COLUMBUS, Ohio -- Thanks to lower corn prices, improved pasture conditions and increased domestic demand, beef cattle producers can expect to continue to see record prices for beef this year, according to a beef cattle expert with Ohio State University’s College of Food, Agricultural, and Environmental Sciences.
Add to the equation that the beef cow herd is the smallest in decades, exports are increasing in volume and value, and pork and poultry are in tighter supply -- and beef producers are seeing prices that they’ve never seen before, said John Grimes, beef coordinator for Ohio State University Extension. OSU Extension is the outreach arm of the college.
“The beef industry is currently undergoing some of the most unique economic conditions in our history,” Grimes said. “The economic conditions facing the beef industry today can best be described as a perfect storm.
“We have the smallest beef cow herd in decades, currently under 30 million cows, which is an 11.8 percent decline from 2007, plus tighter supplies of pork and poultry, which are our main competitors.”
To help producers understand more about what they can expect from the beef industry for the rest of the year, Ohio State’s Beef Team has made available the “Fall 2014 Beef Industry Outlook” to allow producers online access to information on many of the supply and demand, production, weather, feed, and consumer issues that are currently shaping the economic future of the beef industry, he said.
The 20-minute presentation can be accessed at beef.osu.edu/beef/beefAug2714.html.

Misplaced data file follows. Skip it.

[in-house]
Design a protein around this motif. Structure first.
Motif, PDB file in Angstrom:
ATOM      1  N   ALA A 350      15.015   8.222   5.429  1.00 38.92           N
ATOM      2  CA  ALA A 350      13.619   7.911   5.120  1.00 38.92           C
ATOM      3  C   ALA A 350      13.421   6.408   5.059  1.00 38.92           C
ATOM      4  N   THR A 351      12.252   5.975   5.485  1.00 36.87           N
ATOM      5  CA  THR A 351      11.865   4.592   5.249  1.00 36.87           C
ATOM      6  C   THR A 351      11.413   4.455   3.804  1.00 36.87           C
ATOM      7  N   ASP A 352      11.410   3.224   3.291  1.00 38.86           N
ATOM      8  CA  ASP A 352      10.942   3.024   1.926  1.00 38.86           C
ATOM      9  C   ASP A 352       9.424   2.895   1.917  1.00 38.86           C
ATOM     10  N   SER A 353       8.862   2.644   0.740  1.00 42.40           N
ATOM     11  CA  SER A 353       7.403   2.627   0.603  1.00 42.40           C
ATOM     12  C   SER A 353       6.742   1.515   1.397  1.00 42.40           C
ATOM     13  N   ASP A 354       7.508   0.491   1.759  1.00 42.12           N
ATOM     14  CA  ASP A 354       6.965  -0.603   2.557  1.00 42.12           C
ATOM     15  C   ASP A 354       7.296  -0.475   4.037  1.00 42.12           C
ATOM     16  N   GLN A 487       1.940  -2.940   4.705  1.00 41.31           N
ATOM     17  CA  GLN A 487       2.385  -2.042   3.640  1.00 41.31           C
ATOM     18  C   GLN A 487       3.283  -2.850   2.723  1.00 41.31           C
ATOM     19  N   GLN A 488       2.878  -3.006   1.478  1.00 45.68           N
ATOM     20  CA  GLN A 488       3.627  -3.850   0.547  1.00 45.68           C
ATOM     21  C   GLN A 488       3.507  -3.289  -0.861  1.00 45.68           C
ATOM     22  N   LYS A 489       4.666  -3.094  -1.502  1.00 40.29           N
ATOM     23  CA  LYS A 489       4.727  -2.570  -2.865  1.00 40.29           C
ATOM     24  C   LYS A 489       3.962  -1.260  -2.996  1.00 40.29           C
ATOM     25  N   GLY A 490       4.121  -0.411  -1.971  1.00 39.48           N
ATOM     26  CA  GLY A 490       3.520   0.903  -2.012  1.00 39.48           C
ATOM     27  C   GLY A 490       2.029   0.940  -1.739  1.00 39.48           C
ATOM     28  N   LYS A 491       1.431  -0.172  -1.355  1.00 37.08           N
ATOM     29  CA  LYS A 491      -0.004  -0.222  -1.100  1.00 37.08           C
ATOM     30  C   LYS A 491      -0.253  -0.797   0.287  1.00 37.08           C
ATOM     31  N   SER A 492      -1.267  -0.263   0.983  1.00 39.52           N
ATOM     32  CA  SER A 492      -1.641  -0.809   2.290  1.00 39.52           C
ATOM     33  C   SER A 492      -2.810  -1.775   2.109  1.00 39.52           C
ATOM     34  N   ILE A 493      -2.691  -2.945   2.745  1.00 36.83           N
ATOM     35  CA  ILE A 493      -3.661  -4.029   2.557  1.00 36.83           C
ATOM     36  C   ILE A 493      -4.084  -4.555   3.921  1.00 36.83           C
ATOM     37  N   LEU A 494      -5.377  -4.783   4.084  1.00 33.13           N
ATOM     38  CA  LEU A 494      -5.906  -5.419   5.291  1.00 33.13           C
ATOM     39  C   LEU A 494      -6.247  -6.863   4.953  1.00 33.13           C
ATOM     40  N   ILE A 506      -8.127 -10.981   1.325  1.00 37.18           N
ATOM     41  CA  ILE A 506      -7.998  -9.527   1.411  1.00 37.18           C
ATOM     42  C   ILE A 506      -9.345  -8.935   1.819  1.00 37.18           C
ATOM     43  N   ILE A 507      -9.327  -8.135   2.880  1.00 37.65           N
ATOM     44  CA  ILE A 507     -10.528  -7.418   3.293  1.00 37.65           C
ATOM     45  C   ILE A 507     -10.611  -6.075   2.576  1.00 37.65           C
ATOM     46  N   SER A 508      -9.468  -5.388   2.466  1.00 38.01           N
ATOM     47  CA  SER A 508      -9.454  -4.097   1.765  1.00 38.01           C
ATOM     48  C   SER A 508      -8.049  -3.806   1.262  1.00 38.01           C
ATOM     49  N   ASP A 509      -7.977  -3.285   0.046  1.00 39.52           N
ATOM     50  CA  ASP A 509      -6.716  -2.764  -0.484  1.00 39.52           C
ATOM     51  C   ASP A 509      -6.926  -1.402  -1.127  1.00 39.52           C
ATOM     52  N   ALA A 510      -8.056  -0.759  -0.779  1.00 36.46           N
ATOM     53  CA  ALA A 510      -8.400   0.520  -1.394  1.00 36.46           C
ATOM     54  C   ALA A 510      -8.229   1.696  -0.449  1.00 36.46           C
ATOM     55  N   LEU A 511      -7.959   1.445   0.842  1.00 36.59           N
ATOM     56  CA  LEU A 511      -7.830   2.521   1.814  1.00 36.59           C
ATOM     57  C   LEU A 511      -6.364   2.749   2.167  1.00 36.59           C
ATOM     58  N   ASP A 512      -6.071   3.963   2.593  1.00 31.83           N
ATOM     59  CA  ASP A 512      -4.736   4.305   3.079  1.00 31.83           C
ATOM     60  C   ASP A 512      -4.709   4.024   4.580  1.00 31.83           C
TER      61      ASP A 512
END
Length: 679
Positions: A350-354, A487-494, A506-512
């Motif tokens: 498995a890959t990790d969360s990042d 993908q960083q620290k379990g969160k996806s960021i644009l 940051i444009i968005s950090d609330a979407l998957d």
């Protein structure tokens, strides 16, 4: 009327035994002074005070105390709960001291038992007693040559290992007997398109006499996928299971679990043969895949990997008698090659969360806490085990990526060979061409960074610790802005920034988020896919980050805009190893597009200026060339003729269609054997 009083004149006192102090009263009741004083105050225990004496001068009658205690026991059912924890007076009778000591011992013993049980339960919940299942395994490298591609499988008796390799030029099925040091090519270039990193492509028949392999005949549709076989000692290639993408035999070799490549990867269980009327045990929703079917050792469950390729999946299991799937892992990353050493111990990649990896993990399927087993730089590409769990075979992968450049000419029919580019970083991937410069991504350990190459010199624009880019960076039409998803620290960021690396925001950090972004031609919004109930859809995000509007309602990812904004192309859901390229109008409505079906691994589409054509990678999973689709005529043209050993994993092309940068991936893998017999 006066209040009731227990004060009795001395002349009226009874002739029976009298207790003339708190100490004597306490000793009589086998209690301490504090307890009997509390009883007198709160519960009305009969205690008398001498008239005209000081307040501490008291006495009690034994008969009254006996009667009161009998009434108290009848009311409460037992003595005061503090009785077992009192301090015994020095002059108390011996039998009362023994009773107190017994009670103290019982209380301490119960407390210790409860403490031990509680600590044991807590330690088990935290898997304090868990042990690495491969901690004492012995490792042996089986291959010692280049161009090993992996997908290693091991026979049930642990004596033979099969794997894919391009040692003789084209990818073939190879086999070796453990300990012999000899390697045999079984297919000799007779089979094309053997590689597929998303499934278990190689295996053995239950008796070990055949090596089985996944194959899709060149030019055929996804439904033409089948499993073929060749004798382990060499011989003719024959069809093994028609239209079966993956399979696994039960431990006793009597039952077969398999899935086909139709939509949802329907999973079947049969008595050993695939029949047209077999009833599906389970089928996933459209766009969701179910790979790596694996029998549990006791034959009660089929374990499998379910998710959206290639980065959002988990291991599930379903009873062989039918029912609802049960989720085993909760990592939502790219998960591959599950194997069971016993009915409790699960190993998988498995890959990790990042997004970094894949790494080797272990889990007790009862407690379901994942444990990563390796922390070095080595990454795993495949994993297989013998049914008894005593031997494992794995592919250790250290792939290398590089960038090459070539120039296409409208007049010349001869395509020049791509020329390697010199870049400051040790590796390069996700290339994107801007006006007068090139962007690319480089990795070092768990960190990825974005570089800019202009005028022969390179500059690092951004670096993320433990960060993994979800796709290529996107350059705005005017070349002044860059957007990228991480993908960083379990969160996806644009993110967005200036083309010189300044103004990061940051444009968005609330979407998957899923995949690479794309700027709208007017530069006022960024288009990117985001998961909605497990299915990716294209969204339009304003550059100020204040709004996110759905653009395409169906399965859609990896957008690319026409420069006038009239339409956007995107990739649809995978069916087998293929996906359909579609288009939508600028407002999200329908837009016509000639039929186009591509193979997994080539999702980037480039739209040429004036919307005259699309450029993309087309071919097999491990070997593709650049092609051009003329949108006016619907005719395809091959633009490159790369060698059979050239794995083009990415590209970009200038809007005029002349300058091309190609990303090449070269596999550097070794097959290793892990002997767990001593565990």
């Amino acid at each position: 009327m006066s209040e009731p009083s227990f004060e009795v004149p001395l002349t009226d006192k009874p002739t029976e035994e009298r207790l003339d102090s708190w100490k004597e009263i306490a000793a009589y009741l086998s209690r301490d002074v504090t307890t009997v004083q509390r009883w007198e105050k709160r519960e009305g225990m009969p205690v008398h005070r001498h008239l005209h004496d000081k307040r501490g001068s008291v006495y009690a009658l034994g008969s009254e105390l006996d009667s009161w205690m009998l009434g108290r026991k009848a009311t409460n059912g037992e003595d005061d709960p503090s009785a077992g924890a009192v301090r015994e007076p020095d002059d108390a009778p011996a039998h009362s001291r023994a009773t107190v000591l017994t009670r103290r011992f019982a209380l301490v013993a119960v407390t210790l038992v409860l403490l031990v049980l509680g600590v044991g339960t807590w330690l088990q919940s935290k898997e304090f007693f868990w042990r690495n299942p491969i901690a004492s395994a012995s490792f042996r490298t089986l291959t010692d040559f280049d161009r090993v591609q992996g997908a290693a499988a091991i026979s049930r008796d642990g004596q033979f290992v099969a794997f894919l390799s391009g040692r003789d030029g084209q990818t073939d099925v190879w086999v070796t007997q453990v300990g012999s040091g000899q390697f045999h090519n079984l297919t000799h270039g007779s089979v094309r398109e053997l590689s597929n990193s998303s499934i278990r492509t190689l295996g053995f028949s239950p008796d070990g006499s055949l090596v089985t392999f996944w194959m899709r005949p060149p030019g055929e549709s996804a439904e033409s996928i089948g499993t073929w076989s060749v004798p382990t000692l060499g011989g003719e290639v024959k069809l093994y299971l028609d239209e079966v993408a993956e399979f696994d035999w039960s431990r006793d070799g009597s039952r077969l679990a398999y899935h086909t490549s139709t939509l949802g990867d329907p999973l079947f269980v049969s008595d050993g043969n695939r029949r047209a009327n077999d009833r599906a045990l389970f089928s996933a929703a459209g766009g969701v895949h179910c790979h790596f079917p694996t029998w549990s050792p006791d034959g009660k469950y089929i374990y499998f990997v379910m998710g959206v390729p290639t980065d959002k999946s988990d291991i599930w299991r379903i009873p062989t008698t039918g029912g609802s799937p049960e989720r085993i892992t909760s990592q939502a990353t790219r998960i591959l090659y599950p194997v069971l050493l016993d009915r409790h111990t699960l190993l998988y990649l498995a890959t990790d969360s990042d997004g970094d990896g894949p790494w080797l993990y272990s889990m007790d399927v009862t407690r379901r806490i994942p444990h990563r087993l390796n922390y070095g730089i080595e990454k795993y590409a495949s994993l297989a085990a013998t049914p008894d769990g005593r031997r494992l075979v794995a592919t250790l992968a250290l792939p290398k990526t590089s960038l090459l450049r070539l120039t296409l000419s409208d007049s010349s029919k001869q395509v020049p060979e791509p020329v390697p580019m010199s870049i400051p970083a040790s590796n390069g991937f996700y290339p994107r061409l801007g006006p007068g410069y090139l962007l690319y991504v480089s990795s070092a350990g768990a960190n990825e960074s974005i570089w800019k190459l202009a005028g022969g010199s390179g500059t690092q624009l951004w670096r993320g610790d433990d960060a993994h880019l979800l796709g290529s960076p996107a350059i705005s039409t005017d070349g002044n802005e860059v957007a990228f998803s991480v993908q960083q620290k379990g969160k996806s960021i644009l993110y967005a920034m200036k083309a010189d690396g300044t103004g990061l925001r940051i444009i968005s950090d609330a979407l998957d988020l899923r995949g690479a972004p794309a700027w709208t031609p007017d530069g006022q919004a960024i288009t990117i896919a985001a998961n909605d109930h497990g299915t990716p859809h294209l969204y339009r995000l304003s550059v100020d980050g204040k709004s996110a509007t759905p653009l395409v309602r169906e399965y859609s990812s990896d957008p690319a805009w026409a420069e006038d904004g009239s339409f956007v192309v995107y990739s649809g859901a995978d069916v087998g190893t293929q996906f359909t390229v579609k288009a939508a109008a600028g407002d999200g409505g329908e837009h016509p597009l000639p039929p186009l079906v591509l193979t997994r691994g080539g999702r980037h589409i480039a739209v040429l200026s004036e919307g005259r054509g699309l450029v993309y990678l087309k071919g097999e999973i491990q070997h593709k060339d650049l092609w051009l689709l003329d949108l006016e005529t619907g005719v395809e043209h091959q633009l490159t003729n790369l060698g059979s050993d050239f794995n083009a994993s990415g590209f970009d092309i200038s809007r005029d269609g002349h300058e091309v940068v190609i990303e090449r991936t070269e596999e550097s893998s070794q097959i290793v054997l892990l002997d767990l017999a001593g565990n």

In addition to the industry outlook, producers can learn more about the recently released 2012 Census of Agriculture and other issues pertinent to success in the beef cattle industry.
While not a high-ranking state in beef statistics, Ohio is still an important contributor to the beef industry, Grimes said. And while there are factors to consider when getting into or expanding beef operations, producers are feeling a cautious optimism now, he said.
“No one has seen these prices, so producers have a ‘pinch me, I can’t believe it’s real’ attitude right now,” he said. “Enthusiasm is muted, because farmers and producers know that the market goes up and down and the challenges are that beef cattle require a certain amount of land mass, which is always a consideration.
“Also it takes at least 24 to 27 months from conception to consumption, so it’s a slow process to expand a herd. So, how soon will conditions change? I don’t know. It’s really good now, but how long will it last?”
The presentation is part of the OSU Beef Team’s library, which also has information on beef cattle management, nutrition, forages, health, reproduction, genetics, facilities and animal waste management, Grimes said.